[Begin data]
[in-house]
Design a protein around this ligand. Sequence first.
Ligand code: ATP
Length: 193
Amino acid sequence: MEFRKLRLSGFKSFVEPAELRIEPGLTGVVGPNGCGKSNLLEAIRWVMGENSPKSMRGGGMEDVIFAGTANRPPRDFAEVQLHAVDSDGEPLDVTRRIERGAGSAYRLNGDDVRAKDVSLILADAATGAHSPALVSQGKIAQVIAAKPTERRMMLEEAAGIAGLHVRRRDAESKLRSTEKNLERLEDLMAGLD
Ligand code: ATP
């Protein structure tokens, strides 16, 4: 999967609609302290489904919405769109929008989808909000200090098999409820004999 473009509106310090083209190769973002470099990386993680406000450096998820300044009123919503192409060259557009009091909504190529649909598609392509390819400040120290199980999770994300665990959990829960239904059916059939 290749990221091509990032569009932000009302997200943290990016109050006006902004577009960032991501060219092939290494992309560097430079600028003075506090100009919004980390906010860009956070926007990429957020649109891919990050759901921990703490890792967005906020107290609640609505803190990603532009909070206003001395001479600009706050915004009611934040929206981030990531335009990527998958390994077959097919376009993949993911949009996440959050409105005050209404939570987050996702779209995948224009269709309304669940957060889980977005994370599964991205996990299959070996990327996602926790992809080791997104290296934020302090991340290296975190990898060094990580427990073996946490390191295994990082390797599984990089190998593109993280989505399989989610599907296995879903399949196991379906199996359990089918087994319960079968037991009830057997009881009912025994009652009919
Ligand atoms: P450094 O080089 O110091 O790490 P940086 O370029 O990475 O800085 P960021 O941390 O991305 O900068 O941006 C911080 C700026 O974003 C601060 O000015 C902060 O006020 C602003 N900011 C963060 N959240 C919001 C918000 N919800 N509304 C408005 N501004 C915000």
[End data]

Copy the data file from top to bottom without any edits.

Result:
[in-house]
Design a protein around this ligand. Sequence first.
Ligand code: ATP
Length: 193
Amino acid sequence: MEFRKLRLSGFKSFVEPAELRIEPGLTGVVGPNGCGKSNLLEAIRWVMGENSPKSMRGGGMEDVIFAGTANRPPRDFAEVQLHAVDSDGEPLDVTRRIERGAGSAYRLNGDDVRAKDVSLILADAATGAHSPALVSQGKIAQVIAAKPTERRMMLEEAAGIAGLHVRRRDAESKLRSTEKNLERLEDLMAGLD
Ligand code: ATP
């Protein structure tokens, strides 16, 4: 999967609609302290489904919405769109929008989808909000200090098999409820004999 473009509106310090083209190769973002470099990386993680406000450096998820300044009123919503192409060259557009009091909504190529649909598609392509390819400040120290199980999770994300665990959990829960239904059916059939 290749990221091509990032569009932000009302997200943290990016109050006006902004577009960032991501060219092939290494992309560097430079600028003075506090100009919004980390906010860009956070926007990429957020649109891919990050759901921990703490890792967005906020107290609640609505803190990603532009909070206003001395001479600009706050915004009611934040929206981030990531335009990527998958390994077959097919376009993949993911949009996440959050409105005050209404939570987050996702779209995948224009269709309304669940957060889980977005994370599964991205996990299959070996990327996602926790992809080791997104290296934020302090991340290296975190990898060094990580427990073996946490390191295994990082390797599984990089190998593109993280989505399989989610599907296995879903399949196991379906199996359990089918087994319960079968037991009830057997009881009912025994009652009919
Ligand atoms: P450094 O080089 O110091 O790490 P940086 O370029 O990475 O800085 P960021 O941390 O991305 O900068 O941006 C911080 C700026 O974003 C601060 O000015 C902060 O006020 C602003 N900011 C963060 N959240 C919001 C918000 N919800 N509304 C408005 N501004 C915000």